- The BOJ said Monday it will conduct on Wednesday an unscheduled and unspecified amount of additional purchases of Japanese government bonds with tenures of more than five years and up to 10 years.
- Ten-year JGB yields spiked to 0.775%, their highest in about a decade and nearing the BOJ's stated 1% cap in movements from 0%.
- A comment in the September BOJ meeting minutes that "the achievement of 2 percent inflation in a sustainable and stable manner seems to have clearly come in sight" reignited expectations the central bank is laying the groundwork to exit negative rates.
The Bank of Japan announced it's increasing its bond purchases at Wednesday's auction, as a spike in government bond yields tests its resolve to defend its yield curve control policy.
In a statement Monday, the Japanese central bank said it will conduct an unspecified amount of additional purchases of Japanese government bonds with tenures of more than five years and up to 10 years. This adds to the BOJ's reported 300 billion yen ($2 billion) Friday bond purchase with similar maturities.
Yields on 10-year Japanese government bonds hit as much as 0.775% on Monday, their highest since September 2013 and nearing the BOJ's hard 1% cap. The yen shed nearly 0.3% to about 149.73 yen against the dollar, nearing the 150 yen level that prompted BOJ intervention last year.
Hawkish comments in the minutes of a lively BOJ September policy meeting released earlier Monday reignited expectations the central bank is slowly laying the groundwork for the end to negative interest rates.
At its policy meeting in July, the BOJ loosened its yield curve control to allow longer-term rates to move more in tandem with rising inflation in Governor Kazuo Ueda's first policy change since assuming office in April.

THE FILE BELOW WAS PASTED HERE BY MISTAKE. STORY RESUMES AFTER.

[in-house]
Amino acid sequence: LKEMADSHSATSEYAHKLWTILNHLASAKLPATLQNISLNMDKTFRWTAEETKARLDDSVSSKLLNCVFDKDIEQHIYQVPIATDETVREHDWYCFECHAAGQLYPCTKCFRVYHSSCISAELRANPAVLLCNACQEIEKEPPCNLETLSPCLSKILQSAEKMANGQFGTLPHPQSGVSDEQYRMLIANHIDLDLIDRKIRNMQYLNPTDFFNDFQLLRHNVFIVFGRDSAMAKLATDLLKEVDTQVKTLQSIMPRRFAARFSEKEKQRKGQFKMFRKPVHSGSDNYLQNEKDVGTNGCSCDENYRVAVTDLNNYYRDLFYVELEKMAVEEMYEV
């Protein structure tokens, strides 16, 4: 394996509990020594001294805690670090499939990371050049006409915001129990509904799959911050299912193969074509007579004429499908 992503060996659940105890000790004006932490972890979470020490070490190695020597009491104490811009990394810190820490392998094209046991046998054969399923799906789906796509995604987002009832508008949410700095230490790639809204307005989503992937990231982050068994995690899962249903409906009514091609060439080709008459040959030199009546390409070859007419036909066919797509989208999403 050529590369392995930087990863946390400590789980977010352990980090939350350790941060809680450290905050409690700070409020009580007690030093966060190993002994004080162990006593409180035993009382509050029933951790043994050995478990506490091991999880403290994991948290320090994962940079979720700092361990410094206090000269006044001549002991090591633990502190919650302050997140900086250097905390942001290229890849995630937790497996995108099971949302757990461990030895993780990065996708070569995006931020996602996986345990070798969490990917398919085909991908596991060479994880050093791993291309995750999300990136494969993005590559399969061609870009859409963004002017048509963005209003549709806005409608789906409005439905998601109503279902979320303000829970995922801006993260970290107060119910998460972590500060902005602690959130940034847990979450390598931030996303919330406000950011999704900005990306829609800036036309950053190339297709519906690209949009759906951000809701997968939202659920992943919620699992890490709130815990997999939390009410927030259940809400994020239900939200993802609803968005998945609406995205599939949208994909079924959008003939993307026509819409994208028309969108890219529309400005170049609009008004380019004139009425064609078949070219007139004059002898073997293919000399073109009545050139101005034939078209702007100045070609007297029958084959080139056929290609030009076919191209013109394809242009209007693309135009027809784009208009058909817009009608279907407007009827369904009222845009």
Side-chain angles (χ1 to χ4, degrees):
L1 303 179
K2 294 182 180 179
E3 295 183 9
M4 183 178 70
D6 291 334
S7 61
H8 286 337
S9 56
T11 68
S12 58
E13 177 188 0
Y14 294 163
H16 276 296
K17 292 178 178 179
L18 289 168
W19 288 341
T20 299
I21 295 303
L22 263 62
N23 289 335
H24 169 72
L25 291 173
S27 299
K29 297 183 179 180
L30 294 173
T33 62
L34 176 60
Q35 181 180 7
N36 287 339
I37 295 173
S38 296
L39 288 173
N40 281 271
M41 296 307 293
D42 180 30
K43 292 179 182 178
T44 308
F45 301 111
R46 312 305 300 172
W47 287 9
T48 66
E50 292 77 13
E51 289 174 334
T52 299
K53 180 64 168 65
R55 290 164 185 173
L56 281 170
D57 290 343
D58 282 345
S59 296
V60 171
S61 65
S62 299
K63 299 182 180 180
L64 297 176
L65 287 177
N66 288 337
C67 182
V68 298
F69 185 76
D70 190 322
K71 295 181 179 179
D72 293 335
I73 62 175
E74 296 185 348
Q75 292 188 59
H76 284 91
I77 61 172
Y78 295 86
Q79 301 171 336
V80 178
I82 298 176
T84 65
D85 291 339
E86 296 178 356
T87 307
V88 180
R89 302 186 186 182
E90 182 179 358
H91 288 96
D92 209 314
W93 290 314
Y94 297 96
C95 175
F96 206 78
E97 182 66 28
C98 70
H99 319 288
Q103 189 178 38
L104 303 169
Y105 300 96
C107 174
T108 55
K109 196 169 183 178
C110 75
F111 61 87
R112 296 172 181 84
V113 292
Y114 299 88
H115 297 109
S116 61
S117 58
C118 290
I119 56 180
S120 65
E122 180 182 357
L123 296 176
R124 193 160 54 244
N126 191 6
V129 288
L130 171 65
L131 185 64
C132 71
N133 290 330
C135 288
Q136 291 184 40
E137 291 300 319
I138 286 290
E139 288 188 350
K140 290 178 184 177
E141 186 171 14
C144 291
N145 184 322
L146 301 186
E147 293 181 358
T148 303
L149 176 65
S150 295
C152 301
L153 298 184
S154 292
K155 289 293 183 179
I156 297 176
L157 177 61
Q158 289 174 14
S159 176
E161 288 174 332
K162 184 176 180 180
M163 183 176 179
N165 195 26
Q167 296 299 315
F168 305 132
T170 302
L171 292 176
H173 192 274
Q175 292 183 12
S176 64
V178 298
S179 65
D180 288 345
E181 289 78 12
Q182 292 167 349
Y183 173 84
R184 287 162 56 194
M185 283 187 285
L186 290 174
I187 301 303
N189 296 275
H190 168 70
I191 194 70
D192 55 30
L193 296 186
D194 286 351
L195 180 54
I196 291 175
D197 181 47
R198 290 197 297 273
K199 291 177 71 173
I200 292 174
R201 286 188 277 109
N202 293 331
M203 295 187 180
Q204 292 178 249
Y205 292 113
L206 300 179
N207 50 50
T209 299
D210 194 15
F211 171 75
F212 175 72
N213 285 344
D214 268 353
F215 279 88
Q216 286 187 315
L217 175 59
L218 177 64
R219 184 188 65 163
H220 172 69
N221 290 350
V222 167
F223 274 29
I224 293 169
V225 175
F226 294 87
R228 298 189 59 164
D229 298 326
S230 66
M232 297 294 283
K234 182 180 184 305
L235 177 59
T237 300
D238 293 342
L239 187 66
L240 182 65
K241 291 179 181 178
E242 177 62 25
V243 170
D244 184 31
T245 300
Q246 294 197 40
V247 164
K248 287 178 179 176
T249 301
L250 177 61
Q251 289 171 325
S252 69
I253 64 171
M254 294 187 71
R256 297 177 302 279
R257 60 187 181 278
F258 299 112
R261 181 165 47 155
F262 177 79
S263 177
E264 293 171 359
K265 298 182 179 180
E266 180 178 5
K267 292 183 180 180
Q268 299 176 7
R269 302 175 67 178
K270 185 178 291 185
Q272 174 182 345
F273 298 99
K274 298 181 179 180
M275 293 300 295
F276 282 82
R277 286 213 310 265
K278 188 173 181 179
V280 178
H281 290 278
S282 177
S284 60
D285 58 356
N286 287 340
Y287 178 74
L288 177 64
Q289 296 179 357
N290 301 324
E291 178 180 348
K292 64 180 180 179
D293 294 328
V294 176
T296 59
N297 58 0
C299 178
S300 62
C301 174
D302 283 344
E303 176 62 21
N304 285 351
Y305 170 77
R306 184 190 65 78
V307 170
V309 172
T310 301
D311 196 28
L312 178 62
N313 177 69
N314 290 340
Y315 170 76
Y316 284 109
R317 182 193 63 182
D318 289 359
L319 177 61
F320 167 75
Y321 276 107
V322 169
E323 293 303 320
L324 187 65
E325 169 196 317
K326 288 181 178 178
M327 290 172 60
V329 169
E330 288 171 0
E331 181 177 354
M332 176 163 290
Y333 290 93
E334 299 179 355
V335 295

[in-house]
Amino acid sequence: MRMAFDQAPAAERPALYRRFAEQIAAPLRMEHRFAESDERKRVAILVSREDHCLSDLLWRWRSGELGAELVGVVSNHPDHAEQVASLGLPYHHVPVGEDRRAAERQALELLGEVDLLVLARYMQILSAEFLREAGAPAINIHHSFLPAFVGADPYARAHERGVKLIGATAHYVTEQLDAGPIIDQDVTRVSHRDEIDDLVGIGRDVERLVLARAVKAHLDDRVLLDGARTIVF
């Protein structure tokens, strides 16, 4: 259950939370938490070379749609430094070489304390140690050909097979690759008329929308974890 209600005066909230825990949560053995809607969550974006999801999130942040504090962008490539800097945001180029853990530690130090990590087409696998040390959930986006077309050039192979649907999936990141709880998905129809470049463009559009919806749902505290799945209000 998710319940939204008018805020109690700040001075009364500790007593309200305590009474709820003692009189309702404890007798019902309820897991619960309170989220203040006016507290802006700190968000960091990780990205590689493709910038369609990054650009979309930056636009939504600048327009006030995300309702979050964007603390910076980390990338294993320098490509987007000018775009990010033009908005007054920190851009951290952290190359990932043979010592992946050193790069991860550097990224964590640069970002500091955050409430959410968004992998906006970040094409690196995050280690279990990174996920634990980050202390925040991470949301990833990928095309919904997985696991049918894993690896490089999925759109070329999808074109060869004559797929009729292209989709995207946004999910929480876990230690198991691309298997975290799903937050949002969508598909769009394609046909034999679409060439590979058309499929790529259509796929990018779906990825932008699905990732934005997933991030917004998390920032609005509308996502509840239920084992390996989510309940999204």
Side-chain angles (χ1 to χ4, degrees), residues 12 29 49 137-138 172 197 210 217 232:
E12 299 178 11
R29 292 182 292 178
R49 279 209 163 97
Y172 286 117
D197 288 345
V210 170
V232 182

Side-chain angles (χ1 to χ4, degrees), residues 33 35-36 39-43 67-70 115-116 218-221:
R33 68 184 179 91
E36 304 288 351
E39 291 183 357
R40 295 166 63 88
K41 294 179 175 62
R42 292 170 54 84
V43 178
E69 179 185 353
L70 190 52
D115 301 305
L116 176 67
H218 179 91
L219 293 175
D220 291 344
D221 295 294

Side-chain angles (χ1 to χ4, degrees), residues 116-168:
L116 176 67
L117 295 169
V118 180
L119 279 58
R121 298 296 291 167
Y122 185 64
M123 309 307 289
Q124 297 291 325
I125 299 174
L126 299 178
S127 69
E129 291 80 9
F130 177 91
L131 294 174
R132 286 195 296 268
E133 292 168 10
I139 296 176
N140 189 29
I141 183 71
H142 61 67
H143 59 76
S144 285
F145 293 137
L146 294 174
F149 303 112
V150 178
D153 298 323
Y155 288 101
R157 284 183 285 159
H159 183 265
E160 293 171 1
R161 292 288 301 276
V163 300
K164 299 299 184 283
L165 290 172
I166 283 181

The move to broaden the permissible range for 10-year JGB yields from plus and minus 0.5 percentage point around its 0% target to 1 percentage point was seen as the start of a gradual departure from the yield curve control policy enacted by Ueda's predecessor.
The yield curve control, known also as the YCC, is a policy tool where the central bank targets an interest rate, and then buys and sells bonds as necessary to achieve that target. It's part of the BOJ's ultra-loose monetary policy, which also includes keeping short-term interest rates at -0.1% in its attempts to combat decades of deflation in the world's third-largest economy.
On Monday, a comment by an unnamed policymaker in the September BOJ meeting minutes that "the achievement of 2 percent inflation in a sustainable and stable manner seems to have clearly come in sight" partly added to the yield spike.
At the September meeting though, the BOJ eventually decided to maintain its ultra-loose policy and left rates unchanged on Sept. 22, mindful of the "extremely high uncertainties" on the growth outlook domestically and globally.
Despite core inflation exceeding the central bank's stated 2% target for 17 consecutive months, BOJ officials have been cautious about exiting its radical stimulus.
This is due to what the BOJ sees as a lack of sustainable inflation, deriving from meaningful wage growth that it believes would lead to a positive chain effect supporting household consumption and economic growth.
Still, the Bank of Japan could be forced into hiking rates sooner than expected if the yen weakens beyond 150 against the dollar, according to Bob Michele, global head of fixed income at JPMorgan Asset Management.
Higher rates could then unwind the yen carry trade and spark a return of Japanese capital to its domestic bond markets, a move that could trigger market volatility, he told CNBC last Thursday.
Correction: At the September meeting, the BOJ eventually decided to maintain its ultra-loose policy and left rates unchanged on Sept. 22. An earlier version misstated the day.